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Claiming your Italian citizenship is a relatively bureaucratic process, but eligibility is fairly broad. For the most part, you can claim their citizenship by descent if your grandparent was an Italian citizen and neither your parent (their child) nor you gave up your rights to such citizenship. You can even make a claim based on a grandparent’s birth in Italy provided no one along the line was naturalized elsewhere in a way to abandon their Italian citizenship. It can get a little tricky based on when you were born and even based on your sex, but a lot of foreigners are actually entitled to an Italian passport.
Whether Italy is a safe haven is a different story. Strikes there are frequent and the country is broke. Getting an Italian passport for sentimental reasons, or just as a back-up is one thing. Living there is another. It’s fine for now, but if the place turns into the next Greece, you might want to be careful moving too many of your eggs to Italy’s basket.
There are more than fourteen million Irish passports in circulation, despite Ireland’s population of barely four million people. Thanks to friendly government policies, getting an Irish passport by descent is a relatively straightforward process. If at least one of your grandparents was born in Ireland, you are entitled for Irish citizenship no matter where you or your parents were born. You must simply register yourself in the Foreign Birth Register and then apply. You can also ensure eligibility for your future children whose great-grandparent was born in Ireland by registering their birth in the Register when they are born.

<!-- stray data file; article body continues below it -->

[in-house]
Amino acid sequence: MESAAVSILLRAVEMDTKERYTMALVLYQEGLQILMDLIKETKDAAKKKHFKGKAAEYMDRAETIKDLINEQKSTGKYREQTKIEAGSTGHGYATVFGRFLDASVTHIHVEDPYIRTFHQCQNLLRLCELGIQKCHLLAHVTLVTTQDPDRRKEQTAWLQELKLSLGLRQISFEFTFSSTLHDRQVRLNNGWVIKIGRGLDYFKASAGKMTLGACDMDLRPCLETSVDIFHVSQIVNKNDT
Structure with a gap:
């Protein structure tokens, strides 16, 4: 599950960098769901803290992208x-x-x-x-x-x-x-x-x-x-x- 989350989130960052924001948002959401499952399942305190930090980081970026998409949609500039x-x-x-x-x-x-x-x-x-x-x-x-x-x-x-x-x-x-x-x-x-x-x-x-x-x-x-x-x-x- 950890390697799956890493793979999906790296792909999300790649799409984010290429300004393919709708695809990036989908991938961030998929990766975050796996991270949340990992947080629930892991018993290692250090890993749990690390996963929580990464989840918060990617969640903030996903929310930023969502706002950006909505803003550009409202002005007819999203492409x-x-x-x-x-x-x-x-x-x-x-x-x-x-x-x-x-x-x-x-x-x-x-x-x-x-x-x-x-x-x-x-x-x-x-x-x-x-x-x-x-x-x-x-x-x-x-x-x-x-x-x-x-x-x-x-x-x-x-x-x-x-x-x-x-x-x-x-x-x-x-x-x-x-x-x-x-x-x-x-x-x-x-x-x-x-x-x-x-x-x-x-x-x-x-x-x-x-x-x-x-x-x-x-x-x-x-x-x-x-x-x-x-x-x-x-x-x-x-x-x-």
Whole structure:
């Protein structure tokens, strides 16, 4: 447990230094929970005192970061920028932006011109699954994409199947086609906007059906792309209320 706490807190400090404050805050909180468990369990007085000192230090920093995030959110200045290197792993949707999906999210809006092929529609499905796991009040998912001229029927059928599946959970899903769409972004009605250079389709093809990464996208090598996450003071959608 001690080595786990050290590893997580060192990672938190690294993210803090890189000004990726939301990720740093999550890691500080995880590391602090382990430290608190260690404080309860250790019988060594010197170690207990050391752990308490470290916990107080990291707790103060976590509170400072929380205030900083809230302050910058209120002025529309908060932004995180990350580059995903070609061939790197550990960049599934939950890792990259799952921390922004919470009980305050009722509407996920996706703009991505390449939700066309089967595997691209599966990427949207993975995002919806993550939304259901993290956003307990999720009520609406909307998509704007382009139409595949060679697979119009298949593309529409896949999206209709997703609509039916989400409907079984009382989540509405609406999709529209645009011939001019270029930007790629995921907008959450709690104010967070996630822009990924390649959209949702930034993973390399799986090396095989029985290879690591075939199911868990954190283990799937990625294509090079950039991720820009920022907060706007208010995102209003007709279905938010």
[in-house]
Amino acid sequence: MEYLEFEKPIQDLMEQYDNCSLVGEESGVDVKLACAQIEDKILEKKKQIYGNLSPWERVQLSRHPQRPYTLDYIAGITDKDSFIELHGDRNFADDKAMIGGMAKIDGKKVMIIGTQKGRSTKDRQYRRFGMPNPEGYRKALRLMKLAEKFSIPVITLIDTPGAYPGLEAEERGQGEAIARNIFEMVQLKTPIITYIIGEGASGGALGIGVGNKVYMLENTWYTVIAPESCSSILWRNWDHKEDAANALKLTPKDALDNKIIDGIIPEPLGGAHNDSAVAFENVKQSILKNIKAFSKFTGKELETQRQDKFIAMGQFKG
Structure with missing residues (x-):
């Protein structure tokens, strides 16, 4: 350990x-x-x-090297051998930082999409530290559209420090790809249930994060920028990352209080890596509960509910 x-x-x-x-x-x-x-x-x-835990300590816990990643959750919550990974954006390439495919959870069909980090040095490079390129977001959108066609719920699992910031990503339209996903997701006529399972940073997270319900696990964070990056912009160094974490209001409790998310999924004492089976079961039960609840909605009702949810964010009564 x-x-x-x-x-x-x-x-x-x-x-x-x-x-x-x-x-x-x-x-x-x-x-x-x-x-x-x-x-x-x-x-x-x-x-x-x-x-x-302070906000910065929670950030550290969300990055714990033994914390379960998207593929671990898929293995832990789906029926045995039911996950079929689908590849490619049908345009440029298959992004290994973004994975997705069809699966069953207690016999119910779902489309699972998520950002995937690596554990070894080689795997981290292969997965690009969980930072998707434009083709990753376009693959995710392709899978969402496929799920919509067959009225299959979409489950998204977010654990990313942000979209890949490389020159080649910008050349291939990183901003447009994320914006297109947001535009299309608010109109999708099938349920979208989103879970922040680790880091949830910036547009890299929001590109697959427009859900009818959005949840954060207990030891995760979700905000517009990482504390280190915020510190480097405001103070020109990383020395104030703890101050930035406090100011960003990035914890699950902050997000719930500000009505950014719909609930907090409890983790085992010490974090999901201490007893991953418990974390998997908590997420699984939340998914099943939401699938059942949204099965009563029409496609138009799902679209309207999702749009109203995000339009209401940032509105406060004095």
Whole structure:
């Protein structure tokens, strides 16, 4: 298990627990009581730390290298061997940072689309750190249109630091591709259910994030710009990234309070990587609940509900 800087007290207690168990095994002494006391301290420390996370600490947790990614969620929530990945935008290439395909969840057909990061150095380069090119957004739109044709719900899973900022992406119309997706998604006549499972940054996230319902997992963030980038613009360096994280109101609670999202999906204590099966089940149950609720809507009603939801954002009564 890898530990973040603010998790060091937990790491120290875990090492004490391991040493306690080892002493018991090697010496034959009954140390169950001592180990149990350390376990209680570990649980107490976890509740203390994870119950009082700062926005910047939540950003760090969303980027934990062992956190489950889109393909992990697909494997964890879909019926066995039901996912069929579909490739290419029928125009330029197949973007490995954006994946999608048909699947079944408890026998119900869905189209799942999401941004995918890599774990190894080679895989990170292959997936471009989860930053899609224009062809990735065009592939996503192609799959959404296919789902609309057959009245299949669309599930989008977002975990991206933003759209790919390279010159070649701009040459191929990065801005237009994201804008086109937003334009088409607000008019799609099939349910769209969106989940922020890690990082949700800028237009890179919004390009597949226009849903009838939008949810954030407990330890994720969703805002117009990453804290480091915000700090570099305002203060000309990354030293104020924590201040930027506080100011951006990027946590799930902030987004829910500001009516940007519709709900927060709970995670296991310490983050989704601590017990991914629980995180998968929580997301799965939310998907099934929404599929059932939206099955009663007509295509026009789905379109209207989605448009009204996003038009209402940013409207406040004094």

While Ireland has had its problems, it’s a beautiful country with amazingly friendly people. You can live in Ireland up to 280 days per two years before becoming tax resident. You also have certain rights to live and work in EU or EEA member countries.
Other countries offer citizenship based on your ancestry, including Lithuania and others mainly in Europe. Either way, obtaining a second passport through your bloodline is much cheaper and usually faster than getting a passport by investment, or through naturalization.